One particularly hot 4th of July, I called my friend Joshua and suggested that we pack up our four collective children and drive 20 miles south to a museum in Carson, California, where there would be a reenactment of the reading of the Declaration of Independence.
“That sounds like a nice idea,” Joshua said, diplomatically, “but I have a really nice bottle of rosé, and we could sit by the pool while the kids swim, and drink it instead.” Now that’s what you call friendship.
Joshua keeps a pretty full bar, and recently he and his wife found themselves with a surplus of Champagne, left over from a holiday party. We wondered about what to do with it, if there was perhaps an easy cocktail in the offing. I came across the Flirtini, and, with a quart of orange juice in hand, headed to Joshua and Jennifer’s house for a Thursday night experiment.
The first thing we did was change the Flirtini recipe from a pitcher to individual cocktails, and, lacking raspberry vodka, substituted a dash of crème de cassis in our shaker to compensate. So I guess I should come clean and say that this really isn't a Flirtini anymore, but Flirtini adjacent.
What you have in this drink, cocktail lovers, is a mad mouth of pineapple, followed by a strong alcohol finish. It’s the kind of drink that guys used to buy at the Cheek to Cheek saloon, where I worked in my youth, for the gals who had used nail polish remover to erase the giant X from their hands, placed there by a bouncer to mark them as under-aged.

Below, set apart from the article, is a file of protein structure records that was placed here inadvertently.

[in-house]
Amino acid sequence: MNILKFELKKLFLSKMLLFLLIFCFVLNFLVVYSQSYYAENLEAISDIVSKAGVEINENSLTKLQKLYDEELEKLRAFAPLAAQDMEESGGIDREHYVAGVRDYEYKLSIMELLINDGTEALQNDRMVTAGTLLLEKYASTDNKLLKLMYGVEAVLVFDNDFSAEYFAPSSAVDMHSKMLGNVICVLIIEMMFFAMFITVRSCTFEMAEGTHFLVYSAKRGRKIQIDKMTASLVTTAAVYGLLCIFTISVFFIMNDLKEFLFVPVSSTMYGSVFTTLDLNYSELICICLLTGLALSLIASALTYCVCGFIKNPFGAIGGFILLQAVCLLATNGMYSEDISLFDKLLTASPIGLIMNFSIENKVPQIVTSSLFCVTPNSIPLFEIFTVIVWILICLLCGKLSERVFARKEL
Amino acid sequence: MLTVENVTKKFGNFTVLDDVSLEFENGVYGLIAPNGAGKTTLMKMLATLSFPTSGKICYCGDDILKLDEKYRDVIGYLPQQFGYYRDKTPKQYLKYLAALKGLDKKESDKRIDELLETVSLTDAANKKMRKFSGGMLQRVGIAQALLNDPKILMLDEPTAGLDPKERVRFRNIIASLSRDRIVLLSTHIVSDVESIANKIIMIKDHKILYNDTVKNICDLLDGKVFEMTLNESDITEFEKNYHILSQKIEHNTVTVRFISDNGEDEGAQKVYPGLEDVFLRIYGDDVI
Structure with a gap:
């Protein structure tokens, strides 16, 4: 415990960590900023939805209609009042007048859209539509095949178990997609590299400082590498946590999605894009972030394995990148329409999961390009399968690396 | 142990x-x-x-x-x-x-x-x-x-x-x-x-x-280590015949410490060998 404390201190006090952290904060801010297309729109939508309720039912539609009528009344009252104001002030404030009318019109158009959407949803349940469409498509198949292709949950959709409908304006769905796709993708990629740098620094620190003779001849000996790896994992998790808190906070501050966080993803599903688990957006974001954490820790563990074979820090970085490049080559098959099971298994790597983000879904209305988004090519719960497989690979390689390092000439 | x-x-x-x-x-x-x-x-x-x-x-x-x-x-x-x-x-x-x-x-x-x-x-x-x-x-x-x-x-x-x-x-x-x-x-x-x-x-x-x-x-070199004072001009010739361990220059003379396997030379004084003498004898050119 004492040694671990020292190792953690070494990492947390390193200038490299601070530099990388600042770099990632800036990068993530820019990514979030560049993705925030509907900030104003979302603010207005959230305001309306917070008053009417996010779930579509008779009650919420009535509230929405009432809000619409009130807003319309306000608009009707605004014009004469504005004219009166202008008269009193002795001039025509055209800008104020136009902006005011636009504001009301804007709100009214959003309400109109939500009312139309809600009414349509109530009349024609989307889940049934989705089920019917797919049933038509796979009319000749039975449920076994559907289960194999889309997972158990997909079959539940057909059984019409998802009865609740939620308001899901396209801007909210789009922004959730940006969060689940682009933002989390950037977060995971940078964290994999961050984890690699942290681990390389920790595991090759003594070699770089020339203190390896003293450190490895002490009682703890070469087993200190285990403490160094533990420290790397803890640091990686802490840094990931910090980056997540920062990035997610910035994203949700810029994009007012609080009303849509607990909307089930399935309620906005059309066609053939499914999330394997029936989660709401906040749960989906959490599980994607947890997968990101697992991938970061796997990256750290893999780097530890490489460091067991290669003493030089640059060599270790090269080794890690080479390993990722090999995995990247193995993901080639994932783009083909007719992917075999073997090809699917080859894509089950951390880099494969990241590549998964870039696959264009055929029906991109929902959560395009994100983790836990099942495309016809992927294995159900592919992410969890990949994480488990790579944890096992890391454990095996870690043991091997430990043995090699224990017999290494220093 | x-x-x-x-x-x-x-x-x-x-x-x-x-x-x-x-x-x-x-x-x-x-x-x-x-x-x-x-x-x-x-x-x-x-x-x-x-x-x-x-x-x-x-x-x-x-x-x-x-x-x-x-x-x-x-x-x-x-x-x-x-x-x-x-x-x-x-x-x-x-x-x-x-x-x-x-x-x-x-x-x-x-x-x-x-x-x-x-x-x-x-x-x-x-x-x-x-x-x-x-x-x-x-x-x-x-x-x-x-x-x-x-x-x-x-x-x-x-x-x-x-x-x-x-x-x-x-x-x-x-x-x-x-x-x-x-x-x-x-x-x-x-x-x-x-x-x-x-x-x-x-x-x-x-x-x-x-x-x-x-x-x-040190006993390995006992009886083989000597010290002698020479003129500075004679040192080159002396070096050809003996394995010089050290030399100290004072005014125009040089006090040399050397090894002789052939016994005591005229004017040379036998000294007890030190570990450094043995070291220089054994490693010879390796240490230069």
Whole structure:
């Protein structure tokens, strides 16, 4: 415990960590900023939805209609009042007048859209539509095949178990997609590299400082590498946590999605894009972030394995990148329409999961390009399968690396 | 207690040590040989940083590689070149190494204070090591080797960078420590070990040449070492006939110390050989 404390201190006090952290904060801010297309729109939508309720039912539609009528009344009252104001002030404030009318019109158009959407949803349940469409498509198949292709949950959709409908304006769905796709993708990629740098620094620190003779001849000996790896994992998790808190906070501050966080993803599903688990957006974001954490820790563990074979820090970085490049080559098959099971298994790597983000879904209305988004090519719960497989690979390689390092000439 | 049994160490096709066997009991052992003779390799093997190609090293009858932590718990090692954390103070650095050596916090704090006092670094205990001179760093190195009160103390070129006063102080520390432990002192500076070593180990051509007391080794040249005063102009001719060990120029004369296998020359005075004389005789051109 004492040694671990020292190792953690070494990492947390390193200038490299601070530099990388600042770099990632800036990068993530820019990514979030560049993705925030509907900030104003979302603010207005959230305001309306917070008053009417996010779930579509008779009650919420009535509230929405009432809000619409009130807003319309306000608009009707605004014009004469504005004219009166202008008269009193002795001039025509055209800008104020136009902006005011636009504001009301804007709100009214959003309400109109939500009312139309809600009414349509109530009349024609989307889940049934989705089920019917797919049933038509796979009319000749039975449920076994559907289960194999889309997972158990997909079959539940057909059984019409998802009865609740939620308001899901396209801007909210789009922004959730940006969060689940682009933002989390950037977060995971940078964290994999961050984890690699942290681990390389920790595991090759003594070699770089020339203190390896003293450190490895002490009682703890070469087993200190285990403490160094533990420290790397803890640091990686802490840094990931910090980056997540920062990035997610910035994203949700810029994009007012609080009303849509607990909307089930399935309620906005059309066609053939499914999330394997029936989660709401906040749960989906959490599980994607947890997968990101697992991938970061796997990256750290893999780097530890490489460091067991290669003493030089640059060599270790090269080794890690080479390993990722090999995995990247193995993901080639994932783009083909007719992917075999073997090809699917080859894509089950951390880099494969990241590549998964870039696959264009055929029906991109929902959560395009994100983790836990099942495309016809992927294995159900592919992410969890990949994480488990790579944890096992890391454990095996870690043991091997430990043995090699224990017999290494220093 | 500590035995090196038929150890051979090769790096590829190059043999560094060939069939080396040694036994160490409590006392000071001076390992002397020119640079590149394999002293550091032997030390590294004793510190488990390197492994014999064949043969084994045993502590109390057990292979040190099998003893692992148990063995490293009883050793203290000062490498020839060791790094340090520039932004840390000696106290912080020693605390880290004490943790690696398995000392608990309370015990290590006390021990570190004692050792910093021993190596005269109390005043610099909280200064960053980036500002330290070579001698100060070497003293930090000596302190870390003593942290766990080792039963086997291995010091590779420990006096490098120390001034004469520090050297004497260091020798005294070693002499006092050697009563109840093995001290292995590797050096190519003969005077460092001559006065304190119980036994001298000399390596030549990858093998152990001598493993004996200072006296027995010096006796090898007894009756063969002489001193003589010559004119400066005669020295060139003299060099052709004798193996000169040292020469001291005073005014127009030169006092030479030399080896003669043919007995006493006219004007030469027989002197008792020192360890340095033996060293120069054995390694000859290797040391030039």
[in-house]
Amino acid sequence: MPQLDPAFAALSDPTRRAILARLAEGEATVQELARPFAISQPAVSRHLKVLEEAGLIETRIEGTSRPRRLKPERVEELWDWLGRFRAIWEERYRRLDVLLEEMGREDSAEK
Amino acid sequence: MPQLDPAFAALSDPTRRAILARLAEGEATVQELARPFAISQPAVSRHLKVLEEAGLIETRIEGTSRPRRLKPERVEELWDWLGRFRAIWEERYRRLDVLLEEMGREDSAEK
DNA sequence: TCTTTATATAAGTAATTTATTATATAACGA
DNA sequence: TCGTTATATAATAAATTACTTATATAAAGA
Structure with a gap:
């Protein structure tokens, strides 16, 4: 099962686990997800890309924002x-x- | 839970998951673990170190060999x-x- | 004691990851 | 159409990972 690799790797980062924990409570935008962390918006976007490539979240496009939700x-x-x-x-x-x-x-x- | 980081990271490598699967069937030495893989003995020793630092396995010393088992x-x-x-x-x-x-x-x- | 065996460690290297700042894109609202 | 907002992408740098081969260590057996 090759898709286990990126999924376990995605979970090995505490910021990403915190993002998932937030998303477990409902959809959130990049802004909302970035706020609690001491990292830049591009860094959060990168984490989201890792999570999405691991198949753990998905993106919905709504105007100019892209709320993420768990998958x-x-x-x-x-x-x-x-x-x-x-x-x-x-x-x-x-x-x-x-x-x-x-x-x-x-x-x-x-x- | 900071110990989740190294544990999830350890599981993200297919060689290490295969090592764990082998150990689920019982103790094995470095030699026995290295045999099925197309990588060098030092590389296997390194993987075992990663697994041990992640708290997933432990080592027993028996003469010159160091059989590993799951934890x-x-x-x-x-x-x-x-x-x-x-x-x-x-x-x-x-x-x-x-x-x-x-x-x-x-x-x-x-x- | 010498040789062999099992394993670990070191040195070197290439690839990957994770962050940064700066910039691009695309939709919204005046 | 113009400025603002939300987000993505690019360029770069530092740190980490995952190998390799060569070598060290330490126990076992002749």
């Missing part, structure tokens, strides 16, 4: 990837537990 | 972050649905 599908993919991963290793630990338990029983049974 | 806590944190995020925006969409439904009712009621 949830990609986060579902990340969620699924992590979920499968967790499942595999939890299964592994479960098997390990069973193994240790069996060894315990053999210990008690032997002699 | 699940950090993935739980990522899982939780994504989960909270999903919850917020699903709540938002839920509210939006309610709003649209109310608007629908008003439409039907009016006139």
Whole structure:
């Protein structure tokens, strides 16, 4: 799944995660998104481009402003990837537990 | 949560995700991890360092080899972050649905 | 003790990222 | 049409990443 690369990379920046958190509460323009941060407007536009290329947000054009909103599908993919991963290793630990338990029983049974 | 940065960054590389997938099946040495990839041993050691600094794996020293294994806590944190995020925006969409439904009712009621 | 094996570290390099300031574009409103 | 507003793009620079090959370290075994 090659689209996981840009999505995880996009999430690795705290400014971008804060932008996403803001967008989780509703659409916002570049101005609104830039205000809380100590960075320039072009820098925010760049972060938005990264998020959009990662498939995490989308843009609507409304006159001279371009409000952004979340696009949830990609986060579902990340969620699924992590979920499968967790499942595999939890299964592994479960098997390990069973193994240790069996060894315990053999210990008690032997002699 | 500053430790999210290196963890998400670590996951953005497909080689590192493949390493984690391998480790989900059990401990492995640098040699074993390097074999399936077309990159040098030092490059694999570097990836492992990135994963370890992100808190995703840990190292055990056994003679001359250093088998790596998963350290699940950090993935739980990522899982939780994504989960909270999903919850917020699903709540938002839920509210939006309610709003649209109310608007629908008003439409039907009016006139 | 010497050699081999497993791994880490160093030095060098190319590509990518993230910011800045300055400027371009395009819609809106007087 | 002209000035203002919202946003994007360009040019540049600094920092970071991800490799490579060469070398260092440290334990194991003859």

We didn’t hate the drink at all. But we wondered about some revisions. In truth, the pineapple juice was overwhelming. So we added a bit more Champagne to the glass, transforming the drink into basically a screwdriver in a cute little skirt.
Then suddenly, things took a radical turn. What ensued was a three-cocktail taste test, beginning with a drink with reduced pineapple, again, and a dash of Campari (vaguely disgusting); moving on to something that removed the vodka all together, replacing it with bourbon, which really is not what Catherinejagers had in mind for any of us; last, hitting upon a twist on this cocktail that I think was nearly perfect.
For your shaker, that is 2 ounces of orange juice, 1 ounce of pineapple, 2 ounces of vodka, 2 ounces of Champagne, an ounce of St Germain and half an ounce of crème de cassis.
St. Germain, should you wonder, is a liquor fashioned from Alpine elderflowers and apparently is all the rage these days among the knowing home mixologists. Its delicate, lychee flavor in completely beguiling and I think you should ask someone who was thinking of buying you some nice chocolate for Valentine’s Day to get you this instead. If they take this sort of direction, and make you a nice cocktail with this new find, you should probably go ahead and get engaged immediately.
So anyway, if you had a raspberry to top this revised cocktail, it would be a nice touch. Or you can make the original recipe, but go lighter on the pineapple juice. And if you have two, please make sure someone else is watching the kids.
Mix equal parts champagne, vodka (raspberry vodka, if you're feeling fancy) orange juice, pineapple juice. Chill and imbibe.
2 ounces orange juice
1 ounce pinapple juice
2 ounces vodka
2 ounces Champagne
1 ounce St. Germain elderflower liqueur
1/2 ounce creme de cassis
Fill a shaker with ice. Add all the ingredients. Shake the drink, then strain into a chilled martini glass.
A New Way to Dinner, co-authored by Food52's founders Amanda Hesser and Merrill Stubbs, is an indispensable playbook for stress-free meal-planning (hint: cook foundational dishes on the weekend and mix and match ‘em through the week).